What’s the Trade Value of Duke Johnson for Browns?

Getty Browns running back Duke Johnson.

Duke Johnson Jr. is in Berea for training camp and the Cleveland Browns’ brass have said they’ve had some good talks with the disgruntled running back and his representation.

Johnson asked for a trade after the Browns announced they were bringing on free agent and 2017 NFL rushing leader Kareem Hunt, who was released by the Kansas City Chiefs following disturbing video of him kicking and shoving a woman in a hotel being made public. Johnson has spent his entire four-year career with the Browns.

The running back’s agent, Drew Rosenhaus, met with Browns general manager John Dorsey and the team on Tuesday. Dorsey came away from the talk optimistic.

“Drew and I had a conversation yesterday — a very good conversation,” Dorsey told reporters. “We had a chance to discuss each other’s sides. I had a chance to state my opinions, he had a chance to state his opinions. This is the first day of training camp and it looks like Duke is here. So he’s reported to training camp.”

From the start, head coach Freddie Kitchens has maintained Johnson will be featured in the offense. Kitchens, who will assume the offensive play-calling duties for the Browns this season, expanded on that stance in the opening presser at training camp.

“He’s going to be here and he’s going to have a significant role in our offense,” Kitchens said. “He’s a productive player. We are not giving away good players. We want good players. If John can get more good players, I will take them. Don’t worry about the ball. We’ll find enough balls for ’em. We just want good players that can make plays.”

All that being said, it wouldn’t be unheard of for a team to praise a player and his value before trading him. That only benefits the Browns in the process of finding a trade partner.

So if Cleveland does decide to grant Johnson’s wish, here’s a look at what they could possibly get in return.

Finding the Value of Duke Johnson on the Trade Market

Darren Sproles Contract

GettyThe Philadelphia Eagles’ trade for running back Darren Sproles in 2014 is a good comp for Johnson.

Historically, even very productive starting running backs haven’t fetched much in trades. Here are some trades for running backs over the last few years as a reference point.

  • 2019: Eagles trade a sixth-round pick for Chicago’s Jordan Howard
  • 2018: Browns get a fifth-round pick from Jacksonville in return for Carlos Hyde
  • 2017: Oakland gets Marshawn Lynch from Seattle for a sixth-round pick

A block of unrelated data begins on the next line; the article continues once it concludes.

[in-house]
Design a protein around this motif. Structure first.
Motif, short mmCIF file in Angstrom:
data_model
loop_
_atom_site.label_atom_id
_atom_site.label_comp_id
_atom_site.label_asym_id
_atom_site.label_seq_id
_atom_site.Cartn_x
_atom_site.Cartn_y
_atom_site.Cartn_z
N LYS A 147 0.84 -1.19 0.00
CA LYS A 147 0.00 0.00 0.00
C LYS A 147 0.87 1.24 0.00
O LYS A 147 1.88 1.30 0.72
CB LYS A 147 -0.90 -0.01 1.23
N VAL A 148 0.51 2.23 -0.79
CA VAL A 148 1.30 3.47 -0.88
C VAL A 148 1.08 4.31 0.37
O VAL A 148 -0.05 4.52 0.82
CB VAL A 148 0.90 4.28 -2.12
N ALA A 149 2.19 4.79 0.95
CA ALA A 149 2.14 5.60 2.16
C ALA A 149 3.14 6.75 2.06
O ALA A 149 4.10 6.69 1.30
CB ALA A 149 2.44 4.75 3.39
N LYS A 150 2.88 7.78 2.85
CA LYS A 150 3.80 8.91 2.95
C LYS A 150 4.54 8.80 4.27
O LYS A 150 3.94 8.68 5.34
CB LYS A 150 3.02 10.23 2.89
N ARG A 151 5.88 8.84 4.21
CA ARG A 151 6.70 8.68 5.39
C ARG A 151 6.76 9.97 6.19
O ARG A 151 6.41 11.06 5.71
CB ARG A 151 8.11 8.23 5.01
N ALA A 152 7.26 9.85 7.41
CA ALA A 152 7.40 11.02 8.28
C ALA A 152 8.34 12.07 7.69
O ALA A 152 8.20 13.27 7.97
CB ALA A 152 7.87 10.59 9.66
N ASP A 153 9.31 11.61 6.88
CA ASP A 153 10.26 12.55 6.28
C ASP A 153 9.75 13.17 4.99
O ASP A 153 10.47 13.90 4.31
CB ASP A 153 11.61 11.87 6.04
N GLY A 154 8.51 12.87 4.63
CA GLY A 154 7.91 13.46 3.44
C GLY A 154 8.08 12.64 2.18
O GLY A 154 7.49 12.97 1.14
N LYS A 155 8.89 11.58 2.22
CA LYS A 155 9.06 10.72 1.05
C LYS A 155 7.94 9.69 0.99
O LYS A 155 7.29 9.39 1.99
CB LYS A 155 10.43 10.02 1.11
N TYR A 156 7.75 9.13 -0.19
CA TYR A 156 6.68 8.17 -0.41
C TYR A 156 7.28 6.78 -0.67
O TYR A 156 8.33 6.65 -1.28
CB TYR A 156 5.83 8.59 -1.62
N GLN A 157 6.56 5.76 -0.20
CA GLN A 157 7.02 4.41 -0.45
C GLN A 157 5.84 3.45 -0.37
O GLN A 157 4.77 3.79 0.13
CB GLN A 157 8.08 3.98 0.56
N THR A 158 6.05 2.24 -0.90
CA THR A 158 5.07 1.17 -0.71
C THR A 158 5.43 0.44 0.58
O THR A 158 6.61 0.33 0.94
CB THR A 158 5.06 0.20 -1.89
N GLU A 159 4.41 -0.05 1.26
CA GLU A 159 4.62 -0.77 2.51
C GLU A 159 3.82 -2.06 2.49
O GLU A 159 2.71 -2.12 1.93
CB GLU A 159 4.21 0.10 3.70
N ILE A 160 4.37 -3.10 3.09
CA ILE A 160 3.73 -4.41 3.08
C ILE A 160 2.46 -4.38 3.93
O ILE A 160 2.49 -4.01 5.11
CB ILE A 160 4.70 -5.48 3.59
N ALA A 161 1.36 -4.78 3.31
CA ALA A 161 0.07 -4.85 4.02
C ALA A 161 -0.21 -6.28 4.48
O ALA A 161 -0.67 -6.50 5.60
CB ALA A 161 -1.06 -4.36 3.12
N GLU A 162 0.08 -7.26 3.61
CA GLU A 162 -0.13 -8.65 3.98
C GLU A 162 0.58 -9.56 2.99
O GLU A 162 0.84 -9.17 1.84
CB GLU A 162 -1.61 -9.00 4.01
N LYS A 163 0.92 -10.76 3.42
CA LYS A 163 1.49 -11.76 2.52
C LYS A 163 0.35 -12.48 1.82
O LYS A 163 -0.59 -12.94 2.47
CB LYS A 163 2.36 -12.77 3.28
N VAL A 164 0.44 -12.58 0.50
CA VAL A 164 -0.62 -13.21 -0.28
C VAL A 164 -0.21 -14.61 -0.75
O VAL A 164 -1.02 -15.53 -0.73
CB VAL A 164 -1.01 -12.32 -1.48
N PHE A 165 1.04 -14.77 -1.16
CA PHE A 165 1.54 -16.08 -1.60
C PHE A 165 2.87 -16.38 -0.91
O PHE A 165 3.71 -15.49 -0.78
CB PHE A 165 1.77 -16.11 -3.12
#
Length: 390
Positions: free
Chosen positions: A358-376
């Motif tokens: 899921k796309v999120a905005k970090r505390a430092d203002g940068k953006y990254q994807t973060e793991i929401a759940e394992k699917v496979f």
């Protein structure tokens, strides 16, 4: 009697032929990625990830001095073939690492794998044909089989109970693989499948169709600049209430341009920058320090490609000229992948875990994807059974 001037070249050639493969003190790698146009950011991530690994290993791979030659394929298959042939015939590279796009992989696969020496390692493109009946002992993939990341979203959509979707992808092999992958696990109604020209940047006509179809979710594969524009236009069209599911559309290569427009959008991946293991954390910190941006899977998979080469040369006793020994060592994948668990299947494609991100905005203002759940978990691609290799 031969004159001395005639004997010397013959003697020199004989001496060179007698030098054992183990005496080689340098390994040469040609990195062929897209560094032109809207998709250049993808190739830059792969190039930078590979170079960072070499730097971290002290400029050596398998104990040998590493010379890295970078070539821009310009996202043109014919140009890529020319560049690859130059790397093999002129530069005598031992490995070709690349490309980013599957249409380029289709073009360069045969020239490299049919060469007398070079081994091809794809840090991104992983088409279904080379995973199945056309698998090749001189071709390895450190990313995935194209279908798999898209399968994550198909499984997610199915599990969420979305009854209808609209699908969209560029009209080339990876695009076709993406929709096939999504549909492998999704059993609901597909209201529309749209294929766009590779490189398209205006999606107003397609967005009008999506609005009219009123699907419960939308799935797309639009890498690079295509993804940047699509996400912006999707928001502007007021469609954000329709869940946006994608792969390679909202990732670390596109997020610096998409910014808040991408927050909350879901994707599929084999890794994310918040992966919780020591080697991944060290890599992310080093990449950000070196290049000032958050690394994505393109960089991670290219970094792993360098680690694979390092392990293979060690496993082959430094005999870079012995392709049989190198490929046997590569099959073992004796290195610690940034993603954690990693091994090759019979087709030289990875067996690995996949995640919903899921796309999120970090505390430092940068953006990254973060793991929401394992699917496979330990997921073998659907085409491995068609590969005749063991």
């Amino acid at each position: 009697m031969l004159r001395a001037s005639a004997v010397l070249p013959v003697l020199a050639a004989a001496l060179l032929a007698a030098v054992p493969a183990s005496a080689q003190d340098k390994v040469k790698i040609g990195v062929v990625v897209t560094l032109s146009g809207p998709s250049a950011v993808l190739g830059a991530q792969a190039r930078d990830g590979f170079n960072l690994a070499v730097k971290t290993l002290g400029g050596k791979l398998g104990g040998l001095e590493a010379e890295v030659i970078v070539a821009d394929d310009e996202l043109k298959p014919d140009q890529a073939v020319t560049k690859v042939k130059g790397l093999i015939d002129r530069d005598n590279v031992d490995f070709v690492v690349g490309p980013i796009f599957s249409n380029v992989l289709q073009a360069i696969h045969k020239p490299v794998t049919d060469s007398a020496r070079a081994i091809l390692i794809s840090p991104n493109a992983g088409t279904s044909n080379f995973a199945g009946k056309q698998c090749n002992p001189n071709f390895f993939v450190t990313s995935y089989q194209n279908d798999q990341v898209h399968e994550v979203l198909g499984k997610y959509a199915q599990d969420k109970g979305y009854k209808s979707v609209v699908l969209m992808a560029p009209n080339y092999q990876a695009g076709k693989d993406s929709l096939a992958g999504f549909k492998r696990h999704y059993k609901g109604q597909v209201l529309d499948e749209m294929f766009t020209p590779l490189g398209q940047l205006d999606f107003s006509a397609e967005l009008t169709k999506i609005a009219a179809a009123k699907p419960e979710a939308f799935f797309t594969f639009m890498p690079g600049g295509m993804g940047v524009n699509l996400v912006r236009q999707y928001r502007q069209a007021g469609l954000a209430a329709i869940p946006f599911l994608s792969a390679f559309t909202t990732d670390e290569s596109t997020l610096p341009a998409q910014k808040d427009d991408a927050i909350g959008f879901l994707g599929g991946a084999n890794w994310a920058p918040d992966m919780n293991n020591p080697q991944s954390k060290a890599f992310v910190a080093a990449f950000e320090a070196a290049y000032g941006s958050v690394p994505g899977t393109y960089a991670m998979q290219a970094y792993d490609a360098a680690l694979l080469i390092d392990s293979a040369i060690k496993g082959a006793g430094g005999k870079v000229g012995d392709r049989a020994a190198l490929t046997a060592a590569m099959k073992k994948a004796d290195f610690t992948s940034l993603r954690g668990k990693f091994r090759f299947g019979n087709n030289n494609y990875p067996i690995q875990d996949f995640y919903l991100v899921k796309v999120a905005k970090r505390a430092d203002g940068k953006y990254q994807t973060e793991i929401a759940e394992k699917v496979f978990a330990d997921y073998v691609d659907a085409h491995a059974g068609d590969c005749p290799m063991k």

• 2016: Tennessee trades a sixth-round pick for Eagles back DeMarco Murray
  • 2015: Bills acquire LeSean McCoy for linebacker Kiko Alonso
  • 2014: Eagles trade for Saints’ RB Darren Sproles in exchange for a fifth-round pick
  • 2013: Browns send Trent Richardson to Colts for first-round pick

If we’re looking at a comparison, the Darren Sproles trade in 2014 between the Eagles and Saints would be good. While he was a bit older at the time, Sproles was coming off a year with the Saints that he caught 71 balls for 604 yards. He also rushed for 220 yards on just 54 carries. He made the Pro Bowl in Philly the year following the trade.

Last season, Johnson had 47 receptions for 429 yards and three touchdowns. Like Sproles, he does most of his damage in the passing game. Johnson had 40 carries for 201 yards on the ground and both his number of carries and catches were career lows.

Johnson had over 500 yards receiving each of his previous three years with the Browns, earning him a reputation as a lethal target out of the backfield.

Johnson also carries a hefty price tag for a third-down back. Last offseason, he signed a lucrative three-year, $15.6 million extension. His contract value is the 13th highest among running backs, according to Spotrac, just behind Panthers running back Christian McCaffery.

Predicted value: The Browns would likely get back a fifth or sixth-round pick for Johnson in a trade. He’s still young and can be a real asset if used in an offense correctly.

While it would be great for the Browns to get a player in return to fill the void at RB, it would have to be a very unique situation for that to happen. If a running back is not in the mix, a mid-tier defensive tackle prospect would be a nice swap to add depth at a position that desperately needs it. However, as history shows, player-for-player swaps with running backs don’t happen often.

Timing of a Duke Johnson Trade for Browns

If the Browns are going to deal Johnson, the immediate thought is that the team will do it after Hunt serves his eight-game suspension. That makes the most sense.

But if not, it wouldn’t be surprising to see the team deal him early in the preseason, giving the Browns time to work out their options to fill Johnson’s role behind starter Nick Chubb.

Dontrell Hilliard is in the mix to take on an expanded workload. Hilliard was acquired as an undrafted free agent a year ago out of Tulane and spent the first month of the season on the practice squad. After being elevated to the active roster, he appeared in 11 games but did not receive a carry. He did catch nine balls for 105 yards.

The team has been pleased with Hilliard’s progress this offseason, especially at OTAs, which Johnson was notably absent from.

“When Freddie (Kitchens) asked me to join him, he had high praises for Dontrell,” Browns running backs coach Stump Mitchell said during OTAs. “He’s got to believe that he belongs and we expect him to come out every day and make plays. I think what he has to understand is that he has to believe in himself as much as we believe in him.”

But as Kitchens points out, Johnson is under contract and just one-year into his extension, the Browns hold all the power, especially with running back reporting to camp.

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